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OBITUARIES / Susan Williams-Ellis, 1918 - 2007

Designer created classic tableware

December 17, 2007|Valerie J. Nelson | Times Staff Writer

Susan Williams-Ellis, a trend-setting British ceramics designer who created a flowery yet daring line of high-end tableware that broke tradition, has died. She was 89.

Williams-Ellis died of bronchial pneumonia Nov. 27 at her home in Portmeirion, a fanciful village that her architect father built over half a century in Wales, said Josephine Dillon, a spokeswoman for Portmeirion Potteries, the company Williams-Ellis founded in 1962.

Williams-Ellis defied conventional thinking, creating pieces that were made to mix and match, a once-novel concept that continues to sustain her pottery business more than three decades after it was founded.

Noted British ceramics designer David Queensberry told The Times on Friday: "She was just completely original. She did her own thing and created all these, in a sense, curious and extraordinary designs. . . . She did things people had never done."

The company's history is nearly as eclectic as her most famous design, the Botanic Garden line that featured more than 30 floral patterns when it debuted in 1972 and quickly became a best-seller.

It may be the most successful tableware design in British ceramics in the postwar period, Queensberry said, and remains among the most popular tableware sold in the U.S.

While running the Portmeirion village souvenir shop with husband Euan Cooper-Willis in 1953, Williams-Ellis was unhappy with the poor quality of the tchotchkes. Trained as a painter and sculptor, she started producing designs that were applied to pottery made by others.

By the early 1960s the couple had their own factory in Stoke-on-Trent, a center of pottery-making in England, and Williams-Ellis began designing the shape of the ceramics in addition to the surface decoration.

The inspiration for her first great success came from cylindrical molds that the previous factory owners had used to make apothecary jars and other medical-related vessels.

She used the molds in 1963 to create a line called Totem that was decorated with bold, abstract patterns of embossed spirals and stars.

Overly tall, angular teapots towered over drum-shaped coffee cups and sugar bowls glazed in deep blue, amber and dark green.

The mildly counterculture design was so popular with 1960s consumers that Portmeirion Potteries struggled to keep up with demand, and the market became flooded with knockoffs.

Known for her often futuristic designs, Williams-Ellis was searching for a new idea in the early 1970s that could resurrect her then-struggling firm. In an antique shop, she found it in a book of botanical illustrations from 1817.

Unable to decide on one flower in the book to use for her new line, she decided that plates and other pieces would feature a variety of designs that could be unified by color and a leaf border. The dishes were named Botanic Garden to reflect the butterflies added for interest.

The idea met with resistance from retailers, who told her, "That's not one pattern, that's six," Anwyl Cooper-Willis, her daughter, who is a designer for Portmeirion Potteries, told Salt Lake City's Deseret Morning News in 2001.

"You have to remember we were still in the '50s mentality where everything had to match -- purse, shoes, dress, hat. And the whole idea of casual dining -- at least high-class casual dining -- didn't exist," she said.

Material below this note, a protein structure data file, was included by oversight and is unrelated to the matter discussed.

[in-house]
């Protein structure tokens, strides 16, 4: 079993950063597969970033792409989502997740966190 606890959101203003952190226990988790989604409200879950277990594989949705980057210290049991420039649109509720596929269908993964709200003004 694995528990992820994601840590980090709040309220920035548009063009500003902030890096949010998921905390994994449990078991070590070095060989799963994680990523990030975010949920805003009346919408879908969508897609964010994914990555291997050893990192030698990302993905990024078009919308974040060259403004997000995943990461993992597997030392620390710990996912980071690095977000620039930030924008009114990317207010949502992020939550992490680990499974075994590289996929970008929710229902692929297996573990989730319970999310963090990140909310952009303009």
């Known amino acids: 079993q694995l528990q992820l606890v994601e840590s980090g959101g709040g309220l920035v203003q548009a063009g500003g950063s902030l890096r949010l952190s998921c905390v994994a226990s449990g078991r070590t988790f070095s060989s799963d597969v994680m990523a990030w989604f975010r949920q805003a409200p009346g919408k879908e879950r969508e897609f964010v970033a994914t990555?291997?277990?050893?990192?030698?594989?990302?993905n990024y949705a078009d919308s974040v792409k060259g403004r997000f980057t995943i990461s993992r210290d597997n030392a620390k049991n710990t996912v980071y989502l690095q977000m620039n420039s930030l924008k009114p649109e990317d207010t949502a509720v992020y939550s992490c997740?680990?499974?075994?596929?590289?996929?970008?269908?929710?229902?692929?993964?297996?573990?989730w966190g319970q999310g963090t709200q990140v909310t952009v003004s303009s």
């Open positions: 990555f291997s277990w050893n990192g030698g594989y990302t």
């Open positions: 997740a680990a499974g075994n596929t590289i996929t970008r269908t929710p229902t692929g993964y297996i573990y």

Botanic Garden has sold more than 40 million pieces worldwide, according to Portmeirion Potteries.

"It's been fantastically successful," Williams-Ellis said of the line in a June interview with the BBC, and noted that the soup-tureen ladle was the most difficult piece to get right.

Her early work and the Botanic Garden pieces have become popular collectibles.

"She really did create something, but in a sense it was taken from history. No one should belittle that," Queensberry said. "If you were asked to go to the Metropolitan Museum of Art and choose a design, what are the chances of it being in production 30 years later?"

The eldest of three children, Susan Caroline Williams-Ellis was born June 6, 1918, in Guildford, England, to Clough Williams-Ellis and novelist Amabel Strachey. Her parents were members of the Bloomsbury group literary set. Author Rudyard Kipling was her godfather, and Noel Coward wrote the play "Blithe Spirit" at Portmeirion.

Her father started creating the Italianate village of Portmeirion in 1925, rescuing European buildings from destruction and building new ones, finishing in 1972.

She studied ceramics at Dartington Hall School near Totnes, England, and painting and sculpture at what is now known as Chelsea College of Art and Design in London. In addition to ceramics, she went on to design textiles, furniture and jewelry.

In 1945, she married Cooper-Willis, an economist who was the college roommate of her brother, Christopher, who was killed during World War II. The couple moved to a farm near Portmeirion in 1948, kept pigs and ducks and "lived on eggs and potatoes," she told the BBC.

She did freelance book illustrations while her husband worked part time as an economist. In 1953, they began taking over management of the village from her father, then in his 70s.

"Susan was marvelously amusing and eccentric," Queensberry said, with a career that was a "perfect example of the Sinatra song ['My Way']. And it worked."

In addition to her husband and daughter, Williams-Ellis is survived by a son, Robin Llywelyn, a novelist and managing director of Portmeirion village; and two other daughters, Menna, a designer for the pottery company, and Sian, a peace campaigner; a sister, Charlotte Wallace; and 11 grandchildren.

valerie.nelson@latimes.com

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